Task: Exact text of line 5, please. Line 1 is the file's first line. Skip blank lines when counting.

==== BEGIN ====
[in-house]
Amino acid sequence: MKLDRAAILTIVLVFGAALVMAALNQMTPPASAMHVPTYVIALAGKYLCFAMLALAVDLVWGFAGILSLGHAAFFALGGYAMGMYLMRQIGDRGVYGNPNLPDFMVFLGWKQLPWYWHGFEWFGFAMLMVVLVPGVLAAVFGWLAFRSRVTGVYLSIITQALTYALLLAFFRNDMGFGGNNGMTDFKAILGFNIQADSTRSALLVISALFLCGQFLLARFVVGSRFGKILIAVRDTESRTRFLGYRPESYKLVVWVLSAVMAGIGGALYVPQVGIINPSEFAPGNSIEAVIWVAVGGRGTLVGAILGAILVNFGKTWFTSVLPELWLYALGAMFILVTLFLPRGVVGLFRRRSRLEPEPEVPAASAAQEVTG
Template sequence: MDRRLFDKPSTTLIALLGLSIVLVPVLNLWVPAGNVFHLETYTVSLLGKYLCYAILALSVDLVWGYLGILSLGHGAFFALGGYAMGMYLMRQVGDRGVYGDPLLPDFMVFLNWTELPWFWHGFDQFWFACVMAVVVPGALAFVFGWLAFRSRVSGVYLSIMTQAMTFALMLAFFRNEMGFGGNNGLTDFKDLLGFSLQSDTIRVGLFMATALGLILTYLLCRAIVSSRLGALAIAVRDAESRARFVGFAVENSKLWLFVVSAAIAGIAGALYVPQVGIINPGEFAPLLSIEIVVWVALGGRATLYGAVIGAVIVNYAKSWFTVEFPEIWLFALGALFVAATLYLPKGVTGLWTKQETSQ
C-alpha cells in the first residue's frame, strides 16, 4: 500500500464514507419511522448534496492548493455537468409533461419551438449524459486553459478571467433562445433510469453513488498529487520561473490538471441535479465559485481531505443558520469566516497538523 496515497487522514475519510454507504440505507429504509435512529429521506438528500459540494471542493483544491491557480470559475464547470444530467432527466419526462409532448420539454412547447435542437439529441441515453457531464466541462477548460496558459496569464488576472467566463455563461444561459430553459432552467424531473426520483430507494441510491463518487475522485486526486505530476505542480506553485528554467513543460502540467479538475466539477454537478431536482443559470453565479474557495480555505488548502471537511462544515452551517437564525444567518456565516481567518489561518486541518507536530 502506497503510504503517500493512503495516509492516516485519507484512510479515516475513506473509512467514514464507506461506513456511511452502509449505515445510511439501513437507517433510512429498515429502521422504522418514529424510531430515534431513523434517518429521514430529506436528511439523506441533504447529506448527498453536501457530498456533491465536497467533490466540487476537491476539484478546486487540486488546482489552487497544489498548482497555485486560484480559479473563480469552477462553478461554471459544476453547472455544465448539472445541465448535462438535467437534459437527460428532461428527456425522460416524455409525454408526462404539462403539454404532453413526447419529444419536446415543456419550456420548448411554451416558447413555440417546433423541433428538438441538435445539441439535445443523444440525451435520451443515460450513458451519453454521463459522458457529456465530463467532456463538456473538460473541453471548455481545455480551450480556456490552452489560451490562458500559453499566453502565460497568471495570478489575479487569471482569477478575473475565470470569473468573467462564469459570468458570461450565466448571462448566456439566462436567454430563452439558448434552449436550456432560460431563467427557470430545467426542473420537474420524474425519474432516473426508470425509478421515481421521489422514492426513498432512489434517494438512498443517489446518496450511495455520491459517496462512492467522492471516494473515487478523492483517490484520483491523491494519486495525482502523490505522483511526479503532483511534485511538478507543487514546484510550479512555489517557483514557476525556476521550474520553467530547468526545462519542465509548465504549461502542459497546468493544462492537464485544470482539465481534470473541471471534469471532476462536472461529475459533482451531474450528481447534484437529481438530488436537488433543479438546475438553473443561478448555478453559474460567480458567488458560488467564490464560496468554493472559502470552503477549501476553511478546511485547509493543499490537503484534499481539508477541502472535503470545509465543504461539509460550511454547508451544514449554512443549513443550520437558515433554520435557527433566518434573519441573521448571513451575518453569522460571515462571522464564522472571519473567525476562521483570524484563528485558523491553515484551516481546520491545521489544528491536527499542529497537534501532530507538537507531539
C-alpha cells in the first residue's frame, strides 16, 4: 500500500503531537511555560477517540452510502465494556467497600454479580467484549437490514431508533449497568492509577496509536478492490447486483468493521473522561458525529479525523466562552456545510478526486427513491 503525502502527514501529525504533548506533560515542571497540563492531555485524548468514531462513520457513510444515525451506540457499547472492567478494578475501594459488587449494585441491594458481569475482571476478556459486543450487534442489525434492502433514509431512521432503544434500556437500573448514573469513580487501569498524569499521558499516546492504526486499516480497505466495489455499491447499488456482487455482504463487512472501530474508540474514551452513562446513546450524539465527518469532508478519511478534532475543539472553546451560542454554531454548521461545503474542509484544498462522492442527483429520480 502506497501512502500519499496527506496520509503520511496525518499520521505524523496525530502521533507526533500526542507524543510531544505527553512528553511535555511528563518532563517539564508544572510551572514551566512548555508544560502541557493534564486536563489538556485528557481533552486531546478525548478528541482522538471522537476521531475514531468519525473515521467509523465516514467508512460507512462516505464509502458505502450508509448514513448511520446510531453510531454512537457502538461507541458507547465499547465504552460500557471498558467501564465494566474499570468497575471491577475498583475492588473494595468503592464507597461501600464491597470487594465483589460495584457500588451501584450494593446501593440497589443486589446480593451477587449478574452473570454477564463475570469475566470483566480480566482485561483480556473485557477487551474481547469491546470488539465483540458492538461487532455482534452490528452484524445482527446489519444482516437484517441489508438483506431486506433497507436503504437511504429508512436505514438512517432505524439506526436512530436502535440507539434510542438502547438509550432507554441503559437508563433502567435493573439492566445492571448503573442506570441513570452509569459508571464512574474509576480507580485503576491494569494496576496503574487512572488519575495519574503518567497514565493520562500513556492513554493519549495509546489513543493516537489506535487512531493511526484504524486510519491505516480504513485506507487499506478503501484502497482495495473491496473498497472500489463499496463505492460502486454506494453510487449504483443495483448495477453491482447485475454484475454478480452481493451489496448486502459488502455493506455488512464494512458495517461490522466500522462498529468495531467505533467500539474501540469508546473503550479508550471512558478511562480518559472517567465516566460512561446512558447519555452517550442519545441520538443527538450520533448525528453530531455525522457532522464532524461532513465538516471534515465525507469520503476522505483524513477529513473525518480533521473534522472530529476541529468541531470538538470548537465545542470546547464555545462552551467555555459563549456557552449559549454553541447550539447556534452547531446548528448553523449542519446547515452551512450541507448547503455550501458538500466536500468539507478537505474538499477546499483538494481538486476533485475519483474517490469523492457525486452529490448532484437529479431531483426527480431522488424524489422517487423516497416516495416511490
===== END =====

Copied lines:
C-alpha cells in the first residue's frame, strides 16, 4: 500500500503531537511555560477517540452510502465494556467497600454479580467484549437490514431508533449497568492509577496509536478492490447486483468493521473522561458525529479525523466562552456545510478526486427513491 503525502502527514501529525504533548506533560515542571497540563492531555485524548468514531462513520457513510444515525451506540457499547472492567478494578475501594459488587449494585441491594458481569475482571476478556459486543450487534442489525434492502433514509431512521432503544434500556437500573448514573469513580487501569498524569499521558499516546492504526486499516480497505466495489455499491447499488456482487455482504463487512472501530474508540474514551452513562446513546450524539465527518469532508478519511478534532475543539472553546451560542454554531454548521461545503474542509484544498462522492442527483429520480 502506497501512502500519499496527506496520509503520511496525518499520521505524523496525530502521533507526533500526542507524543510531544505527553512528553511535555511528563518532563517539564508544572510551572514551566512548555508544560502541557493534564486536563489538556485528557481533552486531546478525548478528541482522538471522537476521531475514531468519525473515521467509523465516514467508512460507512462516505464509502458505502450508509448514513448511520446510531453510531454512537457502538461507541458507547465499547465504552460500557471498558467501564465494566474499570468497575471491577475498583475492588473494595468503592464507597461501600464491597470487594465483589460495584457500588451501584450494593446501593440497589443486589446480593451477587449478574452473570454477564463475570469475566470483566480480566482485561483480556473485557477487551474481547469491546470488539465483540458492538461487532455482534452490528452484524445482527446489519444482516437484517441489508438483506431486506433497507436503504437511504429508512436505514438512517432505524439506526436512530436502535440507539434510542438502547438509550432507554441503559437508563433502567435493573439492566445492571448503573442506570441513570452509569459508571464512574474509576480507580485503576491494569494496576496503574487512572488519575495519574503518567497514565493520562500513556492513554493519549495509546489513543493516537489506535487512531493511526484504524486510519491505516480504513485506507487499506478503501484502497482495495473491496473498497472500489463499496463505492460502486454506494453510487449504483443495483448495477453491482447485475454484475454478480452481493451489496448486502459488502455493506455488512464494512458495517461490522466500522462498529468495531467505533467500539474501540469508546473503550479508550471512558478511562480518559472517567465516566460512561446512558447519555452517550442519545441520538443527538450520533448525528453530531455525522457532522464532524461532513465538516471534515465525507469520503476522505483524513477529513473525518480533521473534522472530529476541529468541531470538538470548537465545542470546547464555545462552551467555555459563549456557552449559549454553541447550539447556534452547531446548528448553523449542519446547515452551512450541507448547503455550501458538500466536500468539507478537505474538499477546499483538494481538486476533485475519483474517490469523492457525486452529490448532484437529479431531483426527480431522488424524489422517487423516497416516495416511490